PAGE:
New Ed Trust—West Report Shows the Damaging Impact of Teacher Layoff Policies on California’s Highest Need Schools and Students
OAKLAND, CA (February 23, 2011) With school districts across California announcing budget cuts and plans for massive teacher layoffs, a new report by The Education Trust—West titled, Victims of the Churn: The Damaging Impact of California’s Teacher Layoff Policies on Schools, Students and Communities in Three Large School Districts, shows the negative impact of California’s teacher layoff policies on students in high-poverty schools in three urban school districts. These students were found to bear more than their fair share of the pain when it comes to teacher layoffs, with their schools 65 percent more likely to have a teacher laid off than a low-poverty school. Some high-poverty schools lost more than 15 percent of their teachers. (As seen on NBC San Diego)
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“While layoffs are a serious problem, the way they are conducted every year can make a bad situation even worse for some of our highest-need schools,” said Dr. Arun Ramanathan, Executive Director of The Education Trust—West, a statewide education advocacy organization. “The effects of this process can disrupt the lives of teachers, students and community members who desperately need stability in their schools to close achievement and opportunity gaps.”
The new report reveals the extent to which over-noticing touches the lives of thousands of teachers each year who receive “false” layoff notices that are never finalized because districts must submit notices before their budgets are completed. It finds that pink slips outnumbered actual layoffs in these districts by more than four to one.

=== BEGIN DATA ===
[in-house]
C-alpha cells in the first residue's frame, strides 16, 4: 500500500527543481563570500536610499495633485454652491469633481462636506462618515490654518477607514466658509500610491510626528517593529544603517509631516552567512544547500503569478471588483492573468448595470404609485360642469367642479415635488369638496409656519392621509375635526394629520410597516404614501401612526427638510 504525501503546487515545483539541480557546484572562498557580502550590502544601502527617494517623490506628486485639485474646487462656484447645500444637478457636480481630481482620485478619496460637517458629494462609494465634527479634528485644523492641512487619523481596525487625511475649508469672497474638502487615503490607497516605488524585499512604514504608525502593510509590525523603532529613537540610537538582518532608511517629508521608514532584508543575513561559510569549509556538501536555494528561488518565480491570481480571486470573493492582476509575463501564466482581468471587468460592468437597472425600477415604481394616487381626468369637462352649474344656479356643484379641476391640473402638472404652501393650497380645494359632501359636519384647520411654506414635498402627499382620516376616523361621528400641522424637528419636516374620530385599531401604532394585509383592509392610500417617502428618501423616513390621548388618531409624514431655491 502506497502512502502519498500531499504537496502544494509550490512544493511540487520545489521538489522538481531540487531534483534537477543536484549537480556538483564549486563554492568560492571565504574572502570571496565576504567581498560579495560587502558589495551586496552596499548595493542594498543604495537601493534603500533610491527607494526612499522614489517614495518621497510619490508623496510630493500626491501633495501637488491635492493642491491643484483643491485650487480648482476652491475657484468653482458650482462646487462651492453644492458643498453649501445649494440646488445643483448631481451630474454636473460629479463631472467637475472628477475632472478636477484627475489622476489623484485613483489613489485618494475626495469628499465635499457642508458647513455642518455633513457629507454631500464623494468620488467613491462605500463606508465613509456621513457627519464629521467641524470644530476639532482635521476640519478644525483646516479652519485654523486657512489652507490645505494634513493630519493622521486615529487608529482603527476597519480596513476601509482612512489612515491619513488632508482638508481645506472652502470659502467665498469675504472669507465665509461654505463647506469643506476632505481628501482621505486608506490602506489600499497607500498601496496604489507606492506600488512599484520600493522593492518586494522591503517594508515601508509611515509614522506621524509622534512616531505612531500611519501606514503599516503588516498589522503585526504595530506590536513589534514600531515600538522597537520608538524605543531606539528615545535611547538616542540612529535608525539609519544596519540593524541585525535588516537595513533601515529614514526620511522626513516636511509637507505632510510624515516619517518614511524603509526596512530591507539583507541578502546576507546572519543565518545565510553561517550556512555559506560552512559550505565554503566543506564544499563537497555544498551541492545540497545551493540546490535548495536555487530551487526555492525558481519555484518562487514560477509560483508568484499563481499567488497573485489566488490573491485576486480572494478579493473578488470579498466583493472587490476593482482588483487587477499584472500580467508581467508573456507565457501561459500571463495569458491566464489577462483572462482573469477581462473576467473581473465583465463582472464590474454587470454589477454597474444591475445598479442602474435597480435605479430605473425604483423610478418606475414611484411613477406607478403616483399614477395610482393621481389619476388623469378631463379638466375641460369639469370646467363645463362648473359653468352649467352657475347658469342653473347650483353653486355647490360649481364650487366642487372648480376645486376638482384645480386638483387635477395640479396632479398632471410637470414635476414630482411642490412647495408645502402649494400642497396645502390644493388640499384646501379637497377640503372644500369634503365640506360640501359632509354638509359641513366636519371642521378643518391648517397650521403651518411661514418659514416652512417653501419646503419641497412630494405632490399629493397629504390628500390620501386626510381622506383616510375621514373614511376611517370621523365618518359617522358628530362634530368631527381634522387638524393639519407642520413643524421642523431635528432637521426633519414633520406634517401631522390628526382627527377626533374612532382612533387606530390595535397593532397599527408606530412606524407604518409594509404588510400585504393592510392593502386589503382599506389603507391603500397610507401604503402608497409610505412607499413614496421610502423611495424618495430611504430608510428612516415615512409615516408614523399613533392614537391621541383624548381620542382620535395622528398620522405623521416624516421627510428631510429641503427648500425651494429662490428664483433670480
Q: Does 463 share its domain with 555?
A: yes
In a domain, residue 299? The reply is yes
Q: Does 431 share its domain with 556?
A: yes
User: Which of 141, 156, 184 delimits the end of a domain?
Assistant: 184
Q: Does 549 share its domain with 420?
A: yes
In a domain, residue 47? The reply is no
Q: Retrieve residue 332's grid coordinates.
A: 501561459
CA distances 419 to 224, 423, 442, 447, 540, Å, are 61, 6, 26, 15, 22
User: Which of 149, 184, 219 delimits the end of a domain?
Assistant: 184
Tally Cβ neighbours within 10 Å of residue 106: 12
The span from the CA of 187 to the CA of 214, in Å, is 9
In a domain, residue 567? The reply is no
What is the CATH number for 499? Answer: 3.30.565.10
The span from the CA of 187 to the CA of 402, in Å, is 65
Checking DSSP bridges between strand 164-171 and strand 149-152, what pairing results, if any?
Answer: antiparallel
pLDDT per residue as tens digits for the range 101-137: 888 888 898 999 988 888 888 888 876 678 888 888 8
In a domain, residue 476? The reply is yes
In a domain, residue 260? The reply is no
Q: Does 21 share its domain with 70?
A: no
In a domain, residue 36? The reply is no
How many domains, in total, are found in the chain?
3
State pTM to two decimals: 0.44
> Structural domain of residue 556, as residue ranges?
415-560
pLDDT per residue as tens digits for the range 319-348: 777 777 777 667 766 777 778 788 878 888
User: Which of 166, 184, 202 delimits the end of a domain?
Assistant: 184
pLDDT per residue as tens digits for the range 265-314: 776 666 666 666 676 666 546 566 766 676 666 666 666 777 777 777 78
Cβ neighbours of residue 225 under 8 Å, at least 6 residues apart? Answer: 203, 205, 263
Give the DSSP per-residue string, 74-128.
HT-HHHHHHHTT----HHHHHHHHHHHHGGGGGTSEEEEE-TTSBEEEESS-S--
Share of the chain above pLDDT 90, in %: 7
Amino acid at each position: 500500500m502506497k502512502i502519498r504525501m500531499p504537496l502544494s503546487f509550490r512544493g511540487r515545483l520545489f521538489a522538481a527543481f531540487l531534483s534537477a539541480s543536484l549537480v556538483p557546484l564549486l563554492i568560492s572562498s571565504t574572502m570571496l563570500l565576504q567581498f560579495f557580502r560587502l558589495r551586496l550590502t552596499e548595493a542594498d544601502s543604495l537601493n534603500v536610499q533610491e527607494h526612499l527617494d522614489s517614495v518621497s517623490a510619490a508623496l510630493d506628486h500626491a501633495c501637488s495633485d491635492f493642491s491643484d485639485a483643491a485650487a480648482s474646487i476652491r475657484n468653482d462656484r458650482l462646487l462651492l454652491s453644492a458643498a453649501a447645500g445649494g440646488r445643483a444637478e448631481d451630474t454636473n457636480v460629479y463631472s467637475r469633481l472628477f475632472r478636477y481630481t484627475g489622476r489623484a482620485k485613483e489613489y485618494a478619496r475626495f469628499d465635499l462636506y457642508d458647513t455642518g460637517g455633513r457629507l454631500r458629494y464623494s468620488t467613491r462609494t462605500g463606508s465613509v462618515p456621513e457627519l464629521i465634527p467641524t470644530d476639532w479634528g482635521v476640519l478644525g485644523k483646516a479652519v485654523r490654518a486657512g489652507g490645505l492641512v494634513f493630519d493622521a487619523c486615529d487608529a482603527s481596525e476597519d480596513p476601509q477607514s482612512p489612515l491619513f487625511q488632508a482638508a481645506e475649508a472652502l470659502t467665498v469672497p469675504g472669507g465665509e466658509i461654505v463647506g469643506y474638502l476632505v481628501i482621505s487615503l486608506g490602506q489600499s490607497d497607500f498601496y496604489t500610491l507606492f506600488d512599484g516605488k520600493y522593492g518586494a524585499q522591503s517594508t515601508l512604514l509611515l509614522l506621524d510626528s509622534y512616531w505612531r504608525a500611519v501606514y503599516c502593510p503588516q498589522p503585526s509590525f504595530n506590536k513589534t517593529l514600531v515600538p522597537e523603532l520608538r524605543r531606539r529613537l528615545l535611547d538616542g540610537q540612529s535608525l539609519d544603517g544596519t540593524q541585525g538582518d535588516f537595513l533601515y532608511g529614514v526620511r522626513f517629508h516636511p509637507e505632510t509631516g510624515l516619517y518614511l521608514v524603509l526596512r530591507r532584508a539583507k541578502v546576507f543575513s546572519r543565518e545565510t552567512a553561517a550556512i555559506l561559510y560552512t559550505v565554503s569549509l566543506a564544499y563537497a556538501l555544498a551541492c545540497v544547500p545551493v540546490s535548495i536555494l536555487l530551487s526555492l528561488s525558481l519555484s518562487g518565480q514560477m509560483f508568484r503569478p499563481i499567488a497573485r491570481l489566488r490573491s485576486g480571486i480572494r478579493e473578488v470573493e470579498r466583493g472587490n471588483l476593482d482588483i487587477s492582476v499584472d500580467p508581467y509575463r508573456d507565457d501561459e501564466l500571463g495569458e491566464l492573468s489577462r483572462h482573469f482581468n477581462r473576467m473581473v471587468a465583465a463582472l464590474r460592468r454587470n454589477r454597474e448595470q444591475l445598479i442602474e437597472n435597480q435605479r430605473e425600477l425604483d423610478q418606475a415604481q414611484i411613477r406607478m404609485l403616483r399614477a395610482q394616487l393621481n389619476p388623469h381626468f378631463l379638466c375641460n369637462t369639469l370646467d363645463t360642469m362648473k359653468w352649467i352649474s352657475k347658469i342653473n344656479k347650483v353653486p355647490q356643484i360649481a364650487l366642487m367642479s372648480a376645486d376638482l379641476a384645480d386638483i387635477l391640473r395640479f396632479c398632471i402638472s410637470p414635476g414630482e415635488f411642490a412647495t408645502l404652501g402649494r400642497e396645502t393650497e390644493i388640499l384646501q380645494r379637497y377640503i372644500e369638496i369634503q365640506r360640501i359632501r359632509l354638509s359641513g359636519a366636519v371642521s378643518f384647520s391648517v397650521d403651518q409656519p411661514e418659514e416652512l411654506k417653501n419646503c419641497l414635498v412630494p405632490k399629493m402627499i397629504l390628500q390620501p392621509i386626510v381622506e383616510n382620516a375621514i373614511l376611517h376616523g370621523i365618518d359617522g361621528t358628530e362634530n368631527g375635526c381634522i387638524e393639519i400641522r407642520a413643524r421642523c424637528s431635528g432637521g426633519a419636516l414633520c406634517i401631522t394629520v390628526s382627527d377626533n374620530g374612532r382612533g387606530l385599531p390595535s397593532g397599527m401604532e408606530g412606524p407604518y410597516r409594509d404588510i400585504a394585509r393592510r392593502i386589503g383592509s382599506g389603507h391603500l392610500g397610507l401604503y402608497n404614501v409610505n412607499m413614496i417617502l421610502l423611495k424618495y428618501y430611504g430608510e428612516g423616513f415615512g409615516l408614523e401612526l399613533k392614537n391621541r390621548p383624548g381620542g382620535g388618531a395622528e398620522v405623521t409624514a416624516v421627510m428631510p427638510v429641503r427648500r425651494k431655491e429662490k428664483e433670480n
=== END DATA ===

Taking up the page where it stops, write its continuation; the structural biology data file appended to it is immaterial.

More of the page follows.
The report makes a series of recommendations, including changing the layoff notification date to prevent over-noticing; giving districts explicit flexibility to protect high-poverty schools from the disproportionate impact of layoffs; replacing California’s seniority-based layoff laws with policies that emphasize job effectiveness; and providing additional authority to principals and school communities to maintain the stability of their school staff.
“With districts across the state already making plans for more layoffs this year, policymakers in Sacramento must take immediate steps to fix the impact of seniority-based layoff policies on our most vulnerable students and the future of California’s teaching corps,” Ramanathan continued. “It’s time for California to reform these dated policies and bureaucratic rules and protect the right of all students to be taught by effective teachers in stable schools.”
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About The Education Trust—West
The Education Trust—West works for the high academic achievement of all students at all levels pre-k through college. We expose achievement and opportunity gaps that separate students of color and low-income students from other youth, and we identify and advocate for the strategies that will forever close those gaps.